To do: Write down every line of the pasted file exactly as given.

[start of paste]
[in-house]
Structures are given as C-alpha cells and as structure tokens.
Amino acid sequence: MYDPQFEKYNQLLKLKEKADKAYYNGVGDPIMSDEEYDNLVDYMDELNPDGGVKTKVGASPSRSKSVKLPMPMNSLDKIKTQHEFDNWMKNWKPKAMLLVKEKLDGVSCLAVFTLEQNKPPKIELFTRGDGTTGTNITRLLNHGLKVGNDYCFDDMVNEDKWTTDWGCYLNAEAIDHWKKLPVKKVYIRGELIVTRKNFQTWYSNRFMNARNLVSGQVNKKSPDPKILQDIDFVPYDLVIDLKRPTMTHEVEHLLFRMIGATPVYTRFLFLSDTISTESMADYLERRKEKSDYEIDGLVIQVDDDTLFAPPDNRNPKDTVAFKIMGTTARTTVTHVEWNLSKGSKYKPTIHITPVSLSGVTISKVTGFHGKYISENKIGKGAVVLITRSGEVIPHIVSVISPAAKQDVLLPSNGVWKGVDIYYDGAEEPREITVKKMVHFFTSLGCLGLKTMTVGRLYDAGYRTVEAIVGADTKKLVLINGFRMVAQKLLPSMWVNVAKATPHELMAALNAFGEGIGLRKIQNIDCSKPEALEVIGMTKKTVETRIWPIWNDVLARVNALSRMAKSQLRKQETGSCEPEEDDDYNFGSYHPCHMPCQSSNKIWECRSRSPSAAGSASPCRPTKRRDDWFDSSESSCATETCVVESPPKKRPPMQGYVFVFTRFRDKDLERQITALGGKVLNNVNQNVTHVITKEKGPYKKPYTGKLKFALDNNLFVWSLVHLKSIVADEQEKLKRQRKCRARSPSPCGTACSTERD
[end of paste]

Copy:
[in-house]
Structures are given as C-alpha cells and as structure tokens.
Amino acid sequence: MYDPQFEKYNQLLKLKEKADKAYYNGVGDPIMSDEEYDNLVDYMDELNPDGGVKTKVGASPSRSKSVKLPMPMNSLDKIKTQHEFDNWMKNWKPKAMLLVKEKLDGVSCLAVFTLEQNKPPKIELFTRGDGTTGTNITRLLNHGLKVGNDYCFDDMVNEDKWTTDWGCYLNAEAIDHWKKLPVKKVYIRGELIVTRKNFQTWYSNRFMNARNLVSGQVNKKSPDPKILQDIDFVPYDLVIDLKRPTMTHEVEHLLFRMIGATPVYTRFLFLSDTISTESMADYLERRKEKSDYEIDGLVIQVDDDTLFAPPDNRNPKDTVAFKIMGTTARTTVTHVEWNLSKGSKYKPTIHITPVSLSGVTISKVTGFHGKYISENKIGKGAVVLITRSGEVIPHIVSVISPAAKQDVLLPSNGVWKGVDIYYDGAEEPREITVKKMVHFFTSLGCLGLKTMTVGRLYDAGYRTVEAIVGADTKKLVLINGFRMVAQKLLPSMWVNVAKATPHELMAALNAFGEGIGLRKIQNIDCSKPEALEVIGMTKKTVETRIWPIWNDVLARVNALSRMAKSQLRKQETGSCEPEEDDDYNFGSYHPCHMPCQSSNKIWECRSRSPSAAGSASPCRPTKRRDDWFDSSESSCATETCVVESPPKKRPPMQGYVFVFTRFRDKDLERQITALGGKVLNNVNQNVTHVITKEKGPYKKPYTGKLKFALDNNLFVWSLVHLKSIVADEQEKLKRQRKCRARSPSPCGTACSTERD